Fight against online threats and cyber-crime continues.

The most interesting articles this week revolve around Twitter and its growing implication in the war on terror, the silent action of closing around 2,000 terrorist accounts and the expected terrorist threats. Should social media and the online be involved in war? Hard to tell.

Our security blog provided this week – probably for the first time – 3 important articles for your online security. One comes from our new colleague, Andra Zaharia, who provides 5 valuable tips to protect your parents from cyber attacks, one comes from our CEO, Morten Kjaersgaard, who reveals the way hackers use software exploits to deliver cyber-attacks and the third article provides a comprehensive list of malware and security forums where you can get assistance in case of malware infection.

Our goal is to bring you the latest security news from the digital world. And this is what we do.

These are the 10 security articles of the week that you should read in order to improve your online security.

Security articles of the week

1. New Report Maps ISIS Support on Twitter

Recent years revealed an increasing usage of social media networks in terrorist activities and real war strategies. This week we noticed how Twitter closed about 2,000 ISIS accounts that were spreading the terrorist organization’s messages to the world. What’s next?

2. 5 Things You Didn’t Know About Using Personal Email at Work

How do we keep the distance or the balance between work and our private life? Should we? Read the article and learn how to keep your work communication strictly work related.

3. Technology is not to blame for online attacks: FireEye

Though online attacks against organizations may have increased lately, we should not blame technology, but people that use technology to create online dangers for organizations.

4. 2014 a record year for malware, says security firm

It’s no secret that last year was a disaster for security, especially the massive data breaches we witnessed. Now, Panda Security tells us that the number of malware attacks and privacy breaches have doubled in comparison to 2013.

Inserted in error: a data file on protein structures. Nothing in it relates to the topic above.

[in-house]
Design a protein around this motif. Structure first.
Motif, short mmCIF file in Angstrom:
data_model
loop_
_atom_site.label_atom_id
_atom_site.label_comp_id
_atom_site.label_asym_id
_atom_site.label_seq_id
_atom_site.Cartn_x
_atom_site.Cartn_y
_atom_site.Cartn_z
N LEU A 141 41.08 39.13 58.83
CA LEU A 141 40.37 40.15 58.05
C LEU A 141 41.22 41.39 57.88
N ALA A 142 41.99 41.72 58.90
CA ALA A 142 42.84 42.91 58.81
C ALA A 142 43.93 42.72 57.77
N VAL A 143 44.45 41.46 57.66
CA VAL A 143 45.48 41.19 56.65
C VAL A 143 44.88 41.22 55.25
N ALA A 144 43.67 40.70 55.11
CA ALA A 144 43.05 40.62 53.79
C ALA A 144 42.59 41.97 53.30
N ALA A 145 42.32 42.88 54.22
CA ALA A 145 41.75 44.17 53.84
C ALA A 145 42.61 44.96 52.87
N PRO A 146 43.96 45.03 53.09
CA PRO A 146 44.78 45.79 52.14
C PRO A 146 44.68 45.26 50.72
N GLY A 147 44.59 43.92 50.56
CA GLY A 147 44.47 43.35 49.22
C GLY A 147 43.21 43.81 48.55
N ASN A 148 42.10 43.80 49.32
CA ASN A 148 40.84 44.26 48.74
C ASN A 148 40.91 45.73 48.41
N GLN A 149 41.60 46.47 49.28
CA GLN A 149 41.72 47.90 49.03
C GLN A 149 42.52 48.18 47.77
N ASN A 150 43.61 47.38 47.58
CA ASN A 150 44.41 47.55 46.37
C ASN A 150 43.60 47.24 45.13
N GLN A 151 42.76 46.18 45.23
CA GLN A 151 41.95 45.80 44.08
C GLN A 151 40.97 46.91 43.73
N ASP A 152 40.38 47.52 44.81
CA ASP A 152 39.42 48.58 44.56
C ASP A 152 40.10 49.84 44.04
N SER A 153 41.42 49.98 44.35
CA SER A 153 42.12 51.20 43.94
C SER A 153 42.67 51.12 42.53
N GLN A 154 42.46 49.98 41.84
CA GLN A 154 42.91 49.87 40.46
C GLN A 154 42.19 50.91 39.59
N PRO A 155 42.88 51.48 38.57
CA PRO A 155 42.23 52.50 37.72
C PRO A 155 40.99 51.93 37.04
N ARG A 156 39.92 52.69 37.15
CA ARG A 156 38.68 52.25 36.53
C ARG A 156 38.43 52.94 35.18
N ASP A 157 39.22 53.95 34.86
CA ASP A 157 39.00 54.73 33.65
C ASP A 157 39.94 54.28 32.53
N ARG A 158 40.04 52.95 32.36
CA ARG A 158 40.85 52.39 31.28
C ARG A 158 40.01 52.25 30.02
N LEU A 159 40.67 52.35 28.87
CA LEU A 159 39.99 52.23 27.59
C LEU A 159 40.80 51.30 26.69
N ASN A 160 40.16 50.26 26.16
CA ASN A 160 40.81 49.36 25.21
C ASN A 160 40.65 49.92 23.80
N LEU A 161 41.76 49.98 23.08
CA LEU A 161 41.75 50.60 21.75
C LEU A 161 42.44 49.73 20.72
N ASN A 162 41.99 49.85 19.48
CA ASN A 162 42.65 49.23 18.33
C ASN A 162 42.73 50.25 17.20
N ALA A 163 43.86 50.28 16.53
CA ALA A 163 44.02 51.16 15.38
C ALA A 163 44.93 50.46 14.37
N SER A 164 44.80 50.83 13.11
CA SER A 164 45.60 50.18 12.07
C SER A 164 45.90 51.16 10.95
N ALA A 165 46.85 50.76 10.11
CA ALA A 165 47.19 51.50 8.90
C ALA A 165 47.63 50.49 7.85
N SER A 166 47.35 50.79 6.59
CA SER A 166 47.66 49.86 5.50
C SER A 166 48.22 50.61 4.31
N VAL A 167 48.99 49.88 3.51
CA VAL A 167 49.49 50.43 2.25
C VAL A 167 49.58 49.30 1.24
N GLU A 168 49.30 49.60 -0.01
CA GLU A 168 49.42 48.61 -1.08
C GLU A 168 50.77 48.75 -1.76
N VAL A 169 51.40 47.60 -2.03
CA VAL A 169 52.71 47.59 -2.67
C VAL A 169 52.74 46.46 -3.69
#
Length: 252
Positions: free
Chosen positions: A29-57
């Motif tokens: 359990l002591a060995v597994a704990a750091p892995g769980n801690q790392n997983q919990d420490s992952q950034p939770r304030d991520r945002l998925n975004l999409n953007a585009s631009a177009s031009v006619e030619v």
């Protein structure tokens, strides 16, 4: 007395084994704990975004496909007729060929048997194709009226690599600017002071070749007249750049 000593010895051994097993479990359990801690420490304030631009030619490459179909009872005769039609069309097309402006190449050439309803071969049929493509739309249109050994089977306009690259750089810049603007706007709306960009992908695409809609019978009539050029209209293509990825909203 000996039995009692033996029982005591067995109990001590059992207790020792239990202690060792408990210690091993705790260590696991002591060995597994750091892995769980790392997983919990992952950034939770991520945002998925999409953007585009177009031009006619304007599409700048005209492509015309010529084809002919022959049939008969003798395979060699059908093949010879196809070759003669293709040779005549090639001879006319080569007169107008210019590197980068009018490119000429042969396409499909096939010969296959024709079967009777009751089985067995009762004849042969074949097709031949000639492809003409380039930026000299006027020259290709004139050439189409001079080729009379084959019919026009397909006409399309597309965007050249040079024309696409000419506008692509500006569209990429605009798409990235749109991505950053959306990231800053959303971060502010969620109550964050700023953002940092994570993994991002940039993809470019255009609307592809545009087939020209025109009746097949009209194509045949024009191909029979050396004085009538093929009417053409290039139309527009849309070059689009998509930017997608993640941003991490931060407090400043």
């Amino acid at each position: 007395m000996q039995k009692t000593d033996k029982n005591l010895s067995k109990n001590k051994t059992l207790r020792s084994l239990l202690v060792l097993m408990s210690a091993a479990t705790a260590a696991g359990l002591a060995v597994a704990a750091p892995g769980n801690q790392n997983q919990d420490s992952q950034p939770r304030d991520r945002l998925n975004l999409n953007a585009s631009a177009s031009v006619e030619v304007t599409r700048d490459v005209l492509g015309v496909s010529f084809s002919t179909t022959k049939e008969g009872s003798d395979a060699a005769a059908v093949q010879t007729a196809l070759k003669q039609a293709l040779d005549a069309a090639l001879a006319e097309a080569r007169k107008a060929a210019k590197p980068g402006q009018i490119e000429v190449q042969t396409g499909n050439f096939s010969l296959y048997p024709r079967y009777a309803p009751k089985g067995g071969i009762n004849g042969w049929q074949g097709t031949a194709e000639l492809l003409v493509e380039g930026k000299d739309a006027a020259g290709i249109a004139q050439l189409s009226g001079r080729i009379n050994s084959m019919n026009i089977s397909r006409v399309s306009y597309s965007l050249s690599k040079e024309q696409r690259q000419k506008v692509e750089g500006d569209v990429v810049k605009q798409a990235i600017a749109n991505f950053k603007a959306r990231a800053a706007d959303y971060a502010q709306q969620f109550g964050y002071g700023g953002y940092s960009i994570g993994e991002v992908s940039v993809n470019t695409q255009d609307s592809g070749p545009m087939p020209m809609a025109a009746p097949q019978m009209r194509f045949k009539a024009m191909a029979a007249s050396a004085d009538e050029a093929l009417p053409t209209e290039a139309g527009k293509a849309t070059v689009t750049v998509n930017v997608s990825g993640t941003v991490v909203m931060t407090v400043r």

5. Firewall: The king of network security

Who said firewall is dead? This survey from over 700 network security practitioners reveals that firewalls are still important for our online security strategy. So, keep it up and stay safe!

6. DNS enhancement catches malware sites by understanding sneaky domain names

They say security can’t keep up with cyber-criminals. But here we have a new security service, OpenDNS, that isn’t relying only on the reputation analysis to detect and block malicious domains, but it also takes a look beyond to analyze the domain name itself for proofs of sketchiness.

7. China defends cybersecurity demands, amid complaints from US

The cyber war between the two great powers continues by China imposing rules and regulations to the American companies that conduct activities on Chinese soil, an element which is noticed immediately. What is actually at stake?

8. Wireless Charging: A Surprising New Way To Track You

This article tells us that wireless charging is actually not that safe, since there are some connection details that you leave behind in the place you connect. So, it may look like an innocent coffee shop, but it may already know who you are and what you like.

9. A Brief History of Apple Hacking

The MACs or generally speaking the Apple products can’t be broken. Is this myth still alive? Maybe we should take a look at this short history of Apple hacking and remember that no one is safe from security breaches.

10. Expert tips to address third party security risks

Third party security risks are a real danger for corporations and with the increasing usage of sensitive information, cyber attacks and data breaches, we need new security strategies and best practices to stay safe. This article gives us the necessary steps to do that.


We are sure there are other important security news out there. So please let us know, what security news did we miss and should have been included here?

This post was originally published by Aurelian Neagu in March 2015.

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